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Aaron Read writes:

>Anyways, CNet could get away catering exclusively to the geek crowd during
>the dot-com boom when it was trendy to be a geek, but now that we're in the
>bust...the money isn't there so it's a lot harder to justify being a
>"technology prima donna"

Exactly right.

>Plus CNet was, as previously mentioned, heavily dependant on the dot-com
>sector for ad money and that's completely dried up.

If I remember correctly, the CNet over-the-air broadcast radio venture first
on the air in early 2000 - right on the eve of the tech / dot-com bust. As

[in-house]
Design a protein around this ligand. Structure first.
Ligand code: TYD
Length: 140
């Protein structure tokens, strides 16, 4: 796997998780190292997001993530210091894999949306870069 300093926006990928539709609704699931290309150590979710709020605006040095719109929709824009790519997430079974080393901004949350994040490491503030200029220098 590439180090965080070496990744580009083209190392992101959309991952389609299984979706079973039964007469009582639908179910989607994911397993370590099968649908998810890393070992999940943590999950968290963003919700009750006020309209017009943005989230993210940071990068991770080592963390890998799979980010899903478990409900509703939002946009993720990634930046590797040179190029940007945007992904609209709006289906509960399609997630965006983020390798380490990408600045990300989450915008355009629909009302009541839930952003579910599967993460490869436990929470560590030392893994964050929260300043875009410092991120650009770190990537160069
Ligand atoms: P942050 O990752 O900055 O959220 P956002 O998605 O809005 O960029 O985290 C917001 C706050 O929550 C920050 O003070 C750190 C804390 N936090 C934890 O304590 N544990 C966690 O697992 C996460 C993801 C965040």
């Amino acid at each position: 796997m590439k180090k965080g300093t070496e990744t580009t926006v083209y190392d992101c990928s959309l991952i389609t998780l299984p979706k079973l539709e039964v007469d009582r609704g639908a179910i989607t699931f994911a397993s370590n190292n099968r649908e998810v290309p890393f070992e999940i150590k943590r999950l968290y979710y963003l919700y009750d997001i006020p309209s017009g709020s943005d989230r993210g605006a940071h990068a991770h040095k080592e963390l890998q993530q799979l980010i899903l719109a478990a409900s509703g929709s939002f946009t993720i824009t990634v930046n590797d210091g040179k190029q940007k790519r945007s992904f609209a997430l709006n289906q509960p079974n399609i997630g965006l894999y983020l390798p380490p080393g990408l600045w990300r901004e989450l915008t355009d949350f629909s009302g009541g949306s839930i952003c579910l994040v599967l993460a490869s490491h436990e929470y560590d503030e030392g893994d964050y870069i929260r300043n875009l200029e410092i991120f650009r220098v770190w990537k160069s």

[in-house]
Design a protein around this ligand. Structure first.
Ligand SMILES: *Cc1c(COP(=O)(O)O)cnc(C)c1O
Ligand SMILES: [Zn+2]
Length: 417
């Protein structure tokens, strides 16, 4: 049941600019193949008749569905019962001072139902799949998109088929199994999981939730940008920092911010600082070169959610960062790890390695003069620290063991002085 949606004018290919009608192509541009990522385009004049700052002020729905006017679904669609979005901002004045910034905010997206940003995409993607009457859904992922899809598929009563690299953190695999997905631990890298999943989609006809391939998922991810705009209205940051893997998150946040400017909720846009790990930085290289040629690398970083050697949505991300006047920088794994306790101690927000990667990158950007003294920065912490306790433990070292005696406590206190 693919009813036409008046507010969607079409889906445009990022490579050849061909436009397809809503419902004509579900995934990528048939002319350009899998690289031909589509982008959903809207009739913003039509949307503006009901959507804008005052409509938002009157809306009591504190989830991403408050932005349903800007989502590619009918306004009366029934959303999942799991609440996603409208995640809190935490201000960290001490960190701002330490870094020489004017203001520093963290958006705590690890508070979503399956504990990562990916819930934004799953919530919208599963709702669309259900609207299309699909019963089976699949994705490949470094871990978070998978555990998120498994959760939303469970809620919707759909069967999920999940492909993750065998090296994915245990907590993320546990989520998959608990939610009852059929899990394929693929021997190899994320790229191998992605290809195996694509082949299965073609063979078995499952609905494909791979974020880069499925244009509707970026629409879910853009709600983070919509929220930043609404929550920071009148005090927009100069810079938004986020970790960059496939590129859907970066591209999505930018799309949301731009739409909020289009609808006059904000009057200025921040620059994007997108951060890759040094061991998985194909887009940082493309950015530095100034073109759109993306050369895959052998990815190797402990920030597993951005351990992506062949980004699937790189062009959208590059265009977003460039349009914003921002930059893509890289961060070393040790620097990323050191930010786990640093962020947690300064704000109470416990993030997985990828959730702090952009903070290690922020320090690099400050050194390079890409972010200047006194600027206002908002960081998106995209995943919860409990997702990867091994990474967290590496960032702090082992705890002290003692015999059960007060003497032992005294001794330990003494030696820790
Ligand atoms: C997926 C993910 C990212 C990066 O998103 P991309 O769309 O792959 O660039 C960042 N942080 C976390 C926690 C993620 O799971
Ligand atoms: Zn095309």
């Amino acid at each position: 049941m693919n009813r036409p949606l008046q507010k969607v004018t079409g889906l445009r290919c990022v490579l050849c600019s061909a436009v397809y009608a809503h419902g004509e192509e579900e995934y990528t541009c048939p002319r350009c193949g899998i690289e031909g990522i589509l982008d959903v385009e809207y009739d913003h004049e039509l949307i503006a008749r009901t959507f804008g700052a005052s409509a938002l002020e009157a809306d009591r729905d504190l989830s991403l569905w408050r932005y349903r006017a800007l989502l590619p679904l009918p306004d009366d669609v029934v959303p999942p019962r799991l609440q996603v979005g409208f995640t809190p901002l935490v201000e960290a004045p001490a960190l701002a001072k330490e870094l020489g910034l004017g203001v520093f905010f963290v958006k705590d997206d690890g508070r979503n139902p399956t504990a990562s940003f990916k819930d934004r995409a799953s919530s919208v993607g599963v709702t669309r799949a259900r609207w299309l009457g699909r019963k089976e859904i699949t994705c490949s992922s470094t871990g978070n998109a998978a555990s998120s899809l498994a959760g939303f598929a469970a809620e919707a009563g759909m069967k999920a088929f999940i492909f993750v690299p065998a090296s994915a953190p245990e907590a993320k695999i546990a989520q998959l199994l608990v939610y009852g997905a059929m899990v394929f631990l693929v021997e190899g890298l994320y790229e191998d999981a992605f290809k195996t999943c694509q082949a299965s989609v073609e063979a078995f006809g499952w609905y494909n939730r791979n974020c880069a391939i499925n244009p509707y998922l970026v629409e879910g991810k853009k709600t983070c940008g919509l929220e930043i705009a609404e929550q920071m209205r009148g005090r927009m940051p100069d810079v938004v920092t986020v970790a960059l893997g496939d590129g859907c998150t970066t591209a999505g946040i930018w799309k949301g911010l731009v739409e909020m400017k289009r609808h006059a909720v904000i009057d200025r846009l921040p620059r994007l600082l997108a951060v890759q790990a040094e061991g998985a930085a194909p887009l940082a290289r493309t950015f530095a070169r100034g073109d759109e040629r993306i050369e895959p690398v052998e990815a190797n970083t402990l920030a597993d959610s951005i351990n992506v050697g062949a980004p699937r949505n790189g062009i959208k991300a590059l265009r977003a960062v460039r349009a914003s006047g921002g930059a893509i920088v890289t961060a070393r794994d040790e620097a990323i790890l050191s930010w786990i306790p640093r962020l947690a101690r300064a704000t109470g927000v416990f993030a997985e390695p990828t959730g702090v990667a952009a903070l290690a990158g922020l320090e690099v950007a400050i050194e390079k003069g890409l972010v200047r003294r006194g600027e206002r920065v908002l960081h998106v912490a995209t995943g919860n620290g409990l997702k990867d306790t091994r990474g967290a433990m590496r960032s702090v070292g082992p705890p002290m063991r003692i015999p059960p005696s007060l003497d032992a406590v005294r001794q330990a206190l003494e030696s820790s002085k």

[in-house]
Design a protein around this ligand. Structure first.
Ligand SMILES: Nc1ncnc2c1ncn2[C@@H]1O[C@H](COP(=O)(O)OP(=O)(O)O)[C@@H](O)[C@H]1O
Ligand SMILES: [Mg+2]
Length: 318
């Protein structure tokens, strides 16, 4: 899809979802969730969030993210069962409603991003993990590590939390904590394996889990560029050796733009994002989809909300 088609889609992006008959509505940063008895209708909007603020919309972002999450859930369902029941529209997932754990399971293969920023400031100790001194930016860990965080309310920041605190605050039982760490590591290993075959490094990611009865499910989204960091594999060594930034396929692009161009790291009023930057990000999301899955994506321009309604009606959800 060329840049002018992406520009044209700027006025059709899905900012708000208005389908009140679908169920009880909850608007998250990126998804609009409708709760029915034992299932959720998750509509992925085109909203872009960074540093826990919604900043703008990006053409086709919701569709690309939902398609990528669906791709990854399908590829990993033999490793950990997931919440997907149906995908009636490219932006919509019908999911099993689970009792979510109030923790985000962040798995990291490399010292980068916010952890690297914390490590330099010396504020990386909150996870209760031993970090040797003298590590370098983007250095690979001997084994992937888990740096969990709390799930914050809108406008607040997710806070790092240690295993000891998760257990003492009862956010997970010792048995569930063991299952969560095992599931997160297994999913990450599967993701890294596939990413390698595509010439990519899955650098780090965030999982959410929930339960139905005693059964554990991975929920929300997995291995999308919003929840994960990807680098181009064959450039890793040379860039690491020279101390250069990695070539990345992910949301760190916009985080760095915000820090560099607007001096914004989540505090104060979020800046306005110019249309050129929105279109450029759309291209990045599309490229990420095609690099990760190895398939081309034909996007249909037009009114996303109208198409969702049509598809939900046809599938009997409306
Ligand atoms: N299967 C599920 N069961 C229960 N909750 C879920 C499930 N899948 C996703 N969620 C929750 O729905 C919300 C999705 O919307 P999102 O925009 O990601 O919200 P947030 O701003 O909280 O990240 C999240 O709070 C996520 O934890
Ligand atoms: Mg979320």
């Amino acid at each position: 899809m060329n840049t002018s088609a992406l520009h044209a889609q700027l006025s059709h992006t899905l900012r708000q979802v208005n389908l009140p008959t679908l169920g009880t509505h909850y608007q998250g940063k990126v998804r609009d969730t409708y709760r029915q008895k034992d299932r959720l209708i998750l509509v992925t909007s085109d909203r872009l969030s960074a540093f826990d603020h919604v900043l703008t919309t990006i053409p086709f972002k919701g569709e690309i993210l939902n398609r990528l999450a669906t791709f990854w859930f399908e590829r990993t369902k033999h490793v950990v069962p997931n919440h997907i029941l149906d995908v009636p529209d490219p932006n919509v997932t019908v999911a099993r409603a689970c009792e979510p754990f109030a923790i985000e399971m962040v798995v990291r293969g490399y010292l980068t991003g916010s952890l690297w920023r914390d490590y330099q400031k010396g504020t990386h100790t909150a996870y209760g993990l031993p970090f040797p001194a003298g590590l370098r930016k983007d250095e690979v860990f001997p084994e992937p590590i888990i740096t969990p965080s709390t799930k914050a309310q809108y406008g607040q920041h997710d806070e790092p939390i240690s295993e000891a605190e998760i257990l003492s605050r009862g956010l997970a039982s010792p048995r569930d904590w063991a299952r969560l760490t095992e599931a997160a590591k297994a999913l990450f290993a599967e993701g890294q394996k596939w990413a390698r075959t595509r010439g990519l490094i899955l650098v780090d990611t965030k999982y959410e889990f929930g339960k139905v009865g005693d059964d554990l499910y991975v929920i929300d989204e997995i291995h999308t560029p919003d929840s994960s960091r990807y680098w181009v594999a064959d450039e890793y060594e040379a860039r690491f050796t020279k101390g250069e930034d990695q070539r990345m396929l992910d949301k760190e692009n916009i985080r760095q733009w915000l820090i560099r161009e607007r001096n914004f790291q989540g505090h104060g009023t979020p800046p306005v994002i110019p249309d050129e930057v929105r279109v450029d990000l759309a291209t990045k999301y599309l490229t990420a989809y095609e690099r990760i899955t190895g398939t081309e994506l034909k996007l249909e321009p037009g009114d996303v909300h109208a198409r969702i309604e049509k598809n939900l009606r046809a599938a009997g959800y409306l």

been pointed out on the web-based San Francisco Radio Discussion board, the
ads CNet radio seems to carry nowadays are PSAs. This was just as true last
when they were carried by WBPS.

I'll have to agree with some of the posts that a lot of the content wasn't
interesting, I mainly listened to David Coursey's show, and David Lawrence
at night.

I might also point out, that with the computer industry contraction, there
seems to
be a lot less news and new developments that could be potential content to
CNet radio.
Just take a look at some of the techie web sites, for instance, such as
ZDNet, Wired.com,
or the Register - there is every little of tech news of note from day to
day, even with the
recent two big trade shows going on.

73, de Hakim (N1ZFF)